Boxing Returns to Japan in July; Top Fighters are Ready
By Yuriko Miyata
Since the JPBA Japan Professional Boxing Association and JBC Japan Boxing Commission decided to suspend shows at the end of February due to the COVID19 spread, boxing will resume with some conditions for safety: the events will be closed to the public but after a four-month long closure it reboots with the 77th annual rookies tournament scheduled on July 12th.
The first female fight will be a four rounder at 108 lbs between Nanako Suzuki (3-2, 1KO) and Aoi Watanabe(2-2, 1KO) in an undercard of the Japanese super flyweight (male) championship, Kenta Nakagawa vs. Yuta Matsuo, on 22nd July at Korakuen Hall in Tokyo. For Suzuki, rated #3 by JBC at flyweight, it will be a restart under new management by Misako promotion, one of Japan’s oldest stables. It comes after a loss to Renz Dacquel of Philippines by unanimous decision in May 2019 in Hong Kong. Watanabe, #6 in the same ratings, won a unanimous decision in a four rounder against Riyuna Yoshikawa in her last fight last December. Twenty years young Suzuki is known for her girly good looks but actually she has solid fighting skills which she started developing in Kyokushin (full contact) Karate.
Since the government declared the state of emergency nationwide in early April, all boxing gyms had to shut their doors. Professional fighters got through that situation somehow by keeping themselves positive, active and ready for whenever boxing business resumed. WBO super flyweight champion Miyo Yoshida tried hard to spare some time for training while she had to take care of her daughter as her nursery school was closed, just after she was back from her camp in Los Angeles and Las Vegas in February. Naoko Fujioka, a five division world titlist, was training mainly in her neighborhood park with a physical coach to boost her gifted body strength. She turns 45 years old in August and wants to be ready for any chance to make her dream of fighting in America come true. She knows she does not have much time to waste. “In those months I pushed myself hard and I think that worked out”, said Japan’s leading fighter who added she feels better on her movement. Her gym reopened as the national emergency state has lifted on June 1st.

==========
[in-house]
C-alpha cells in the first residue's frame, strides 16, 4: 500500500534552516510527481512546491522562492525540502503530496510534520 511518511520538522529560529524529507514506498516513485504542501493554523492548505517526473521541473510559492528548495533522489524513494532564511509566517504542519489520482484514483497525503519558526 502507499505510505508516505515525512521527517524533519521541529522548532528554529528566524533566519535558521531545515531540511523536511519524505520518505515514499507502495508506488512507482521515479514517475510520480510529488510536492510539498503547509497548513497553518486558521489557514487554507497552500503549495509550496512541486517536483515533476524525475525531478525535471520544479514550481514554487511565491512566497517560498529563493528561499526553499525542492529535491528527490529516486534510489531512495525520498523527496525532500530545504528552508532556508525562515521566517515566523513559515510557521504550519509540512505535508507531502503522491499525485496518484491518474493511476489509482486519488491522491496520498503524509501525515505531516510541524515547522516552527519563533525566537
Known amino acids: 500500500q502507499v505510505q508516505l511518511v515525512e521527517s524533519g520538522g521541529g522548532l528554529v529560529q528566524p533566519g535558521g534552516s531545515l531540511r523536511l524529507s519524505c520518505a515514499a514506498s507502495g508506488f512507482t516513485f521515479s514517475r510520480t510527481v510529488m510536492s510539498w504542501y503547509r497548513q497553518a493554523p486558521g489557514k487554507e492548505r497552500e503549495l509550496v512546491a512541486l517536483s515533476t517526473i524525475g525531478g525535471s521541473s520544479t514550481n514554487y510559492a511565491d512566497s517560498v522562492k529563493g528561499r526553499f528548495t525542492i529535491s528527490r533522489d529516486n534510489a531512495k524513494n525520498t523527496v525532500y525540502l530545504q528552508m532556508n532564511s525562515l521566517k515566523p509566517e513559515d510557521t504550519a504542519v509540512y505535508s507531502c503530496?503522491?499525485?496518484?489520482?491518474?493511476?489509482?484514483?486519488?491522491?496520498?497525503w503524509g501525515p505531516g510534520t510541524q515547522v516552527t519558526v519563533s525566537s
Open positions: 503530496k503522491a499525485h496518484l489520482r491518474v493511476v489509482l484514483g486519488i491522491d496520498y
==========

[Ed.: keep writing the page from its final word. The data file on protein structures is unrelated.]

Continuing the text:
Now with the boxing business getting back on track along with JPBA and JBC’s safety guidelines, more fights will come. Before that, it would be good now to review the status of Japanese female top runners including five current world titlists, seven OPBF Oriental and Pacific Boxing Federation champions and national champions those who lead about 70 boxers in five weight divisions in JBC ratings which was established in 2017 to encourage domestic (novice) level boxers.
Saemi Hanagata IBF atomweight champion 16-7-4, 7KOs
With a tiny physique, this very energetic orthodox fighter made her dream come true to be a world champion in her fifth attempt in September 2018 by beating former champion Yuko Kuroki by split decision for the vacant IBF atomweight title. She believed in a saying, that is “Don’t give up, and you still have a chance”, by her mentor Susumu Hanagata, who won the WBA flyweight championship in 1974 after falling short four times. Last September, she won a split decision to defend her belt for the first time to fellow rival Nao Ikeyama, a former WBO atomweight champion who obtained the title twice both by draw to Hanagata before. Following the V1, Hanagata announced her marriage to Takeru Okaniwa, a JBC ring official, last fall, but the bride is still an active fighter.
Mika Iwakawa WBO atomweight champion 9-5-1, 3KOs
A skilled long range boxer Iwakawa snatched the WBO atomweight title from long reigning veteran Nao Ikeyama by split decision in July 2018, in her second challenge for world title after she lost to WBA 102 lbs titlist Yunoka Furukawa in 2016. Iwakawa was successful and made the most of her long arms to control Ikeyama’s never-ending pressure. She has not defended it yet since winning a clear unanimous decision to former world title contender Momoko Kanda last December.
Tsunami Tenkai WBO light flyweight champion 27-12-1,16KOs
Probably Tenkai is superior to any other fellow boxers in speed, footwork, and sense of defense, and she even gave trouble to the nation’s biggest name Naoko Fujioka last July. She challenged for Fujioka’s WBA flyweight title, putting her own title aside, and ended up with a split draw but she was not really caught by a power punch from the five time world champion. After she took difficult road fights in Mexico and Chile, she won a vacant WBO light flyweight title by a dominant 8 RTKO victory to fellow prospect Chaoz Minowa in March 2018. She obtained the title by stopping Jessebelle Pagaduan of Philippines in an eighth round knockout last December.
Naoko Fujioka WBA flyweight champion 18-2-1,7KOs
The Japanese leading fighter with five world belts keeps training in the hopes of fighting in America sometime soon. “That’s what I have not done yet before my career is over.” She works even harder since she found some room for growth in a tough fight with Tenkai last summer. Although she turns 45 years old in August, she is still sturdy physically and mentally.